Science & Health

Biology by the book

Back in 1987, around the beginnings of the HIV/AIDS pandemic in Australia, as a Senior Medical Officer I had volunteered to do a Queensland Health prepared community education program with the Year 12s, teachers, parents and towns and  communities across Far North Queensland. 

At the time, I felt that I had the most educational success with the Year 12 students. Why? I think because they had the most recent and up-to-date science education, especially a grounding in biology. It was these students who understood the implications of HIV being able to enter the nucleus of a host cell and proliferate whilst being protected from the host immune system and any treatment drugs we tried to develop.

Importantly, with their biological understanding of how the world ‘works’, they knew that they could have close HIV positive friends, care for them and family members, and still protect themselves from becoming infected.

Today, post COVID-19 pandemic, we need a biologically grounded and educated community more than ever.

Perhaps there has been more acceptance of the reality of homosexuality today – at least in most Western countries – than there was in the early stages of the HIV/AIDS pandemic. Even the Vatican has eased off a little recently from its earlier condemnatory stance. However, racism and caste divisiveness are still with us, and we are witness to ongoing sexism, misogyny, violence against women, sexual abuse, child abuse, and wars based on tribal/cultural/religious differences. Even our treasured liberal democracies are under threat of populist despotism.

What can we do? Misinformation and disinformation are rife, and many of our fellow community members seem to have lost their tether completely. Like a bunch of different coloured helium-filled balloons released at a festive occasion, they float off in all directions with the slightest of breezes. A core problem is essentially one of belief versus understanding. It’s as simple as that.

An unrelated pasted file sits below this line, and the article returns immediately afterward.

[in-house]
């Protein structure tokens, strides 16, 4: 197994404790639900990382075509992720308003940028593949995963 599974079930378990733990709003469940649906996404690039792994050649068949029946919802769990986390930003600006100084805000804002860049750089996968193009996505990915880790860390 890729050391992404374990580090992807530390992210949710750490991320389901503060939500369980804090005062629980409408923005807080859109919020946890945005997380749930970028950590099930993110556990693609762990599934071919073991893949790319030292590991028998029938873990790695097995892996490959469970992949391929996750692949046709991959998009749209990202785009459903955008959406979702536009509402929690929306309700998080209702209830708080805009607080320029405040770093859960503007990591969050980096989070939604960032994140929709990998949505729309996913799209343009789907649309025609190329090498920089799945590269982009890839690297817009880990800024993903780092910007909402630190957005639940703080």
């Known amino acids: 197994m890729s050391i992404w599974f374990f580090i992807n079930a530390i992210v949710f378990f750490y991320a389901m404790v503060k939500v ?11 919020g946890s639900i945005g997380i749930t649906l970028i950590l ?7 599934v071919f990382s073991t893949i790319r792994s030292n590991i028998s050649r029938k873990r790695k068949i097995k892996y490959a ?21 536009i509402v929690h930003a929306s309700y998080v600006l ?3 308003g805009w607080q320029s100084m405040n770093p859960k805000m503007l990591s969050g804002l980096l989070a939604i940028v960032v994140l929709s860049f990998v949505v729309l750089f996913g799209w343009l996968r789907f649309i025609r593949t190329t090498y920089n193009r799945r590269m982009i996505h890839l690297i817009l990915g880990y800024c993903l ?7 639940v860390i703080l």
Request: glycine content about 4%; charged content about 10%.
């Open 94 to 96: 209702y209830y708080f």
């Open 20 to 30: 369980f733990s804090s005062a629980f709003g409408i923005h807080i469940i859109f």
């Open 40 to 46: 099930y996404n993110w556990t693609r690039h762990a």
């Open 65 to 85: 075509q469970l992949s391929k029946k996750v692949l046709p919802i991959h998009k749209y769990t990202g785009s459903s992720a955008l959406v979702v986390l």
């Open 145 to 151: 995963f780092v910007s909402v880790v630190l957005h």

I want to share my idea for a community program underpinned by open discussion that I believe can help people understand the differences in thinking about our world. For this, I have developed a draft program, ‘A Biologian’s Workbook’, which could provide the starting point for anyone wishing to pursue it.

Firstly, all topics for discussion should be linked back to a relevant chapter in a modern biology textbook. For example, if you were using Biology (Raven, et al) for discussions relating to the origins and evolution of religion, the starting point would be Chapter 53.3, ‘The Development of Behaviour’.

The discussion would develop from ancient Homo sapiens’ burial practices through to animism as the first religion, shamanism, the doctrinal religions beginning in the Neolithic period, through to the present day. In leading the discussion, you would present many reference texts, maps, diagrams and relevant pictures to assist with understanding.

It would became clear for community participants then that our present-day doctrinal religions did not just appear in the early city states as the population expanded in the Neolithic period, but incorporated within themselves much of the beliefs, cosmologies and practices of the earlier animism and shamanism – like layers of an onion.

…many of our fellow community members seem to have lost their tether completely. Like a bunch of different coloured helium-filled balloons released at a festive occasion, they float off in all directions with the slightest of breezes.

Starting from a grounding in animal behaviour has the advantage of expanding our understanding along a continuum of, for instance, ritual – a practice so central to religion. Ritual in humans can include anything from human sacrifice, such as with the Aztecs, to praying for rain. During a drought period in Queensland in the early 1980s, then-Premier Joh Bjelke-Petersen, issued a plea to all Queenslanders to get down on their knees and pray for rain – so much for separation of church and state!

Our closest primate cousins, the chimpanzees, have a spectacular ritual for chasing away thunder and lightning storms in heavy rain. While the females and young are running for cover, the big alpha males make a huge commotion, screaming out, whacking into trees and logs with broken branches, running up and down, until the rain stops, and the storm moves on. It works every time, and the females and young ones are, no doubt, very impressed.

The Axial Age was the turning point for humanity, with a dawning of insight into a new way of thinking and understanding the world. Three example thinkers from the period are Thales, Heraclitus and Gotama (the Buddha). Thales demonstrated, through meticulous observation and measurements with simple instruments and mathematics, that a complete eclipse of the sun could be accurately predicted. Heraclitus, through observation of the natural processes around him, argued that the world was a flowing series of interconnected processes. His famous quote summarised this insight: “One cannot step into the same river twice.” Gotama, through his insight termed ‘Dependent Arising’, argued that everything is interconnected and interdependent, and most of mankind’s problems arise from his inner nature of selfishness and status-seeking. No gods or evil spirits are involved in these at all. With insight, humanity can overcome most problems.